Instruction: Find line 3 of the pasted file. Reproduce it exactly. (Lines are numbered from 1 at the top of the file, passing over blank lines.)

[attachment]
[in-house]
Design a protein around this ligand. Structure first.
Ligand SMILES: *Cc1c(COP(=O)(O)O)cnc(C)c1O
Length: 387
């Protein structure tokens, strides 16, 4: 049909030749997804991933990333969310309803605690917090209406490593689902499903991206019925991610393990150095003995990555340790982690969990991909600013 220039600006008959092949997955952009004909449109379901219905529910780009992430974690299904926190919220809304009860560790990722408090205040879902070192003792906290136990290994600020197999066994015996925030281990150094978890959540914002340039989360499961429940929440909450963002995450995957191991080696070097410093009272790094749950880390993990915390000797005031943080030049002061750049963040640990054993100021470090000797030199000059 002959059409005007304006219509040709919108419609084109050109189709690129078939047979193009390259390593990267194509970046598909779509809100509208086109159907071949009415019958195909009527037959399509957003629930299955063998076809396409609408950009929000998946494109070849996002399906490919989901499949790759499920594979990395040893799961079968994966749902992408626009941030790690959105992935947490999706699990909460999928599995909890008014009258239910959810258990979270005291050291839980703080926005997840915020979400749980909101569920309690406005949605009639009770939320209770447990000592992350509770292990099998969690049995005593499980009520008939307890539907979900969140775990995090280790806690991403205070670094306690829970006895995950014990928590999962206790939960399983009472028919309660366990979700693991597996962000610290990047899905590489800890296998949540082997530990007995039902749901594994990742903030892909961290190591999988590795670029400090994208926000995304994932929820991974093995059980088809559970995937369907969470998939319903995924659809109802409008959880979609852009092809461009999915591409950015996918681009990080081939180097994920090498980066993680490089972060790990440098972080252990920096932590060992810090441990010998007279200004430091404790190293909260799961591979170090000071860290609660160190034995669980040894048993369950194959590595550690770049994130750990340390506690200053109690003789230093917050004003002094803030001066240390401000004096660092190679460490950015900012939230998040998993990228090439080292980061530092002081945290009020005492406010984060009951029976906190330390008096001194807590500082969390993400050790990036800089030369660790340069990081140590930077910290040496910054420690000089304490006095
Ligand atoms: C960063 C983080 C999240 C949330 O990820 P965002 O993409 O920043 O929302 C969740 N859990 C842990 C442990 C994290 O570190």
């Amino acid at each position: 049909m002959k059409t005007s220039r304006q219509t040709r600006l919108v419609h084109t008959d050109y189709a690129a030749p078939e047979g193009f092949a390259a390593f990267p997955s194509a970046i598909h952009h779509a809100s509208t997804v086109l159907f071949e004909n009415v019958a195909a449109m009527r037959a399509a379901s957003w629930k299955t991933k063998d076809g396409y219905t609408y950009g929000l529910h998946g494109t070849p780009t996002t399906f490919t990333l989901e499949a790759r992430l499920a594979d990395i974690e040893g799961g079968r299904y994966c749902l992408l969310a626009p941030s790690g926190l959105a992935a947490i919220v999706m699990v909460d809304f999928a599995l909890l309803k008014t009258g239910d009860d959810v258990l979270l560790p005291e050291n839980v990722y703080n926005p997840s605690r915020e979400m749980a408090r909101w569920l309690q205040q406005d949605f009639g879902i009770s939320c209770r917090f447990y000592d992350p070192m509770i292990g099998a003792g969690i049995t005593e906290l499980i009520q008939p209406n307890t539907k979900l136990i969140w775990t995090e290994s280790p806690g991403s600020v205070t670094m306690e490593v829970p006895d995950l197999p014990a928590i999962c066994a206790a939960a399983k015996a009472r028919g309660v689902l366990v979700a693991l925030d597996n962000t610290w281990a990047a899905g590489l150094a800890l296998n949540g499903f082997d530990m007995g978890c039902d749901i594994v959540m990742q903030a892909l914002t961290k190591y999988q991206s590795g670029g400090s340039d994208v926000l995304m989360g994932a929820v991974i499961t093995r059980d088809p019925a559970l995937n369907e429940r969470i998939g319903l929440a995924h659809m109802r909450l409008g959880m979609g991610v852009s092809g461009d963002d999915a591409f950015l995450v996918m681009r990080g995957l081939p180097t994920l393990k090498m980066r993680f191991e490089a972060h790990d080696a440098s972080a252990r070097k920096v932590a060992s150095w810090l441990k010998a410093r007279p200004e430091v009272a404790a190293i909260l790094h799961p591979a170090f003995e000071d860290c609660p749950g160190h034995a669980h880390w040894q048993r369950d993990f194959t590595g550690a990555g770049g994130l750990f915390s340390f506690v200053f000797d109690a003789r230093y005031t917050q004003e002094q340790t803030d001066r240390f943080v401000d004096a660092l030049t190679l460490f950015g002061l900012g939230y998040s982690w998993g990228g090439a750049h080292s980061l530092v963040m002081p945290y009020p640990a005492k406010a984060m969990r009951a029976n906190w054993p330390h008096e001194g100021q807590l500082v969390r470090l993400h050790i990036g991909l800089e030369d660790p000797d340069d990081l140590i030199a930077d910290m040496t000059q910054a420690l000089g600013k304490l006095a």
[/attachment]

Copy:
Ligand SMILES: *Cc1c(COP(=O)(O)O)cnc(C)c1O